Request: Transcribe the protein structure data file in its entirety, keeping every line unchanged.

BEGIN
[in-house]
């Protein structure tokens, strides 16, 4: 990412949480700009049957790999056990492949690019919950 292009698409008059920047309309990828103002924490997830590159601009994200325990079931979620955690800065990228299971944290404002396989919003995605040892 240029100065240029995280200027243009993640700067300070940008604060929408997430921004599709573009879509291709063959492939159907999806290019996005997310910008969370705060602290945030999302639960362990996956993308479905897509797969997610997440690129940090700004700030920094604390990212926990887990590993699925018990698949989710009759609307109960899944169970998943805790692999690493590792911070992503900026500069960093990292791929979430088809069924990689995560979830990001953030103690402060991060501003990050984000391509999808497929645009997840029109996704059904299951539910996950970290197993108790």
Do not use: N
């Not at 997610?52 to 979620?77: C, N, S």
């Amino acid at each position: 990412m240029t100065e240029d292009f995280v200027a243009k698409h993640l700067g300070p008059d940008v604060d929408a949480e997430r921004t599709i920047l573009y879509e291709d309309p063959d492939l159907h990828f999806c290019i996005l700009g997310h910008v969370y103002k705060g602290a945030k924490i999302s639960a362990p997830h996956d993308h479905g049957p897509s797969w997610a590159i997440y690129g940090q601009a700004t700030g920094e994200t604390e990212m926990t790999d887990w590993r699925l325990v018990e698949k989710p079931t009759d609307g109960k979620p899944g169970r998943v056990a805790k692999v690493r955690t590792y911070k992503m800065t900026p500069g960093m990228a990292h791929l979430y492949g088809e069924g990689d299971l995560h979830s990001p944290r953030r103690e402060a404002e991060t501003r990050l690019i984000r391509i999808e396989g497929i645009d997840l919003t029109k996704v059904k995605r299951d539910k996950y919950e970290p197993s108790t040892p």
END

[in-house]
């Protein structure tokens, strides 16, 4: 990412949480700009049957790999056990492949690019919950 292009698409008059920047309309990828103002924490997830590159601009994200325990079931979620955690800065990228299971944290404002396989919003995605040892 240029100065240029995280200027243009993640700067300070940008604060929408997430921004599709573009879509291709063959492939159907999806290019996005997310910008969370705060602290945030999302639960362990996956993308479905897509797969997610997440690129940090700004700030920094604390990212926990887990590993699925018990698949989710009759609307109960899944169970998943805790692999690493590792911070992503900026500069960093990292791929979430088809069924990689995560979830990001953030103690402060991060501003990050984000391509999808497929645009997840029109996704059904299951539910996950970290197993108790």
Do not use: N
């Not at 997610?52 to 979620?77: C, N, S």
């Amino acid at each position: 990412m240029t100065e240029d292009f995280v200027a243009k698409h993640l700067g300070p008059d940008v604060d929408a949480e997430r921004t599709i920047l573009y879509e291709d309309p063959d492939l159907h990828f999806c290019i996005l700009g997310h910008v969370y103002k705060g602290a945030k924490i999302s639960a362990p997830h996956d993308h479905g049957p897509s797969w997610a590159i997440y690129g940090q601009a700004t700030g920094e994200t604390e990212m926990t790999d887990w590993r699925l325990v018990e698949k989710p079931t009759d609307g109960k979620p899944g169970r998943v056990a805790k692999v690493r955690t590792y911070k992503m800065t900026p500069g960093m990228a990292h791929l979430y492949g088809e069924g990689d299971l995560h979830s990001p944290r953030r103690e402060a404002e991060t501003r990050l690019i984000r391509i999808e396989g497929i645009d997840l919003t029109k996704v059904k995605r299951d539910k996950y919950e970290p197993s108790t040892p």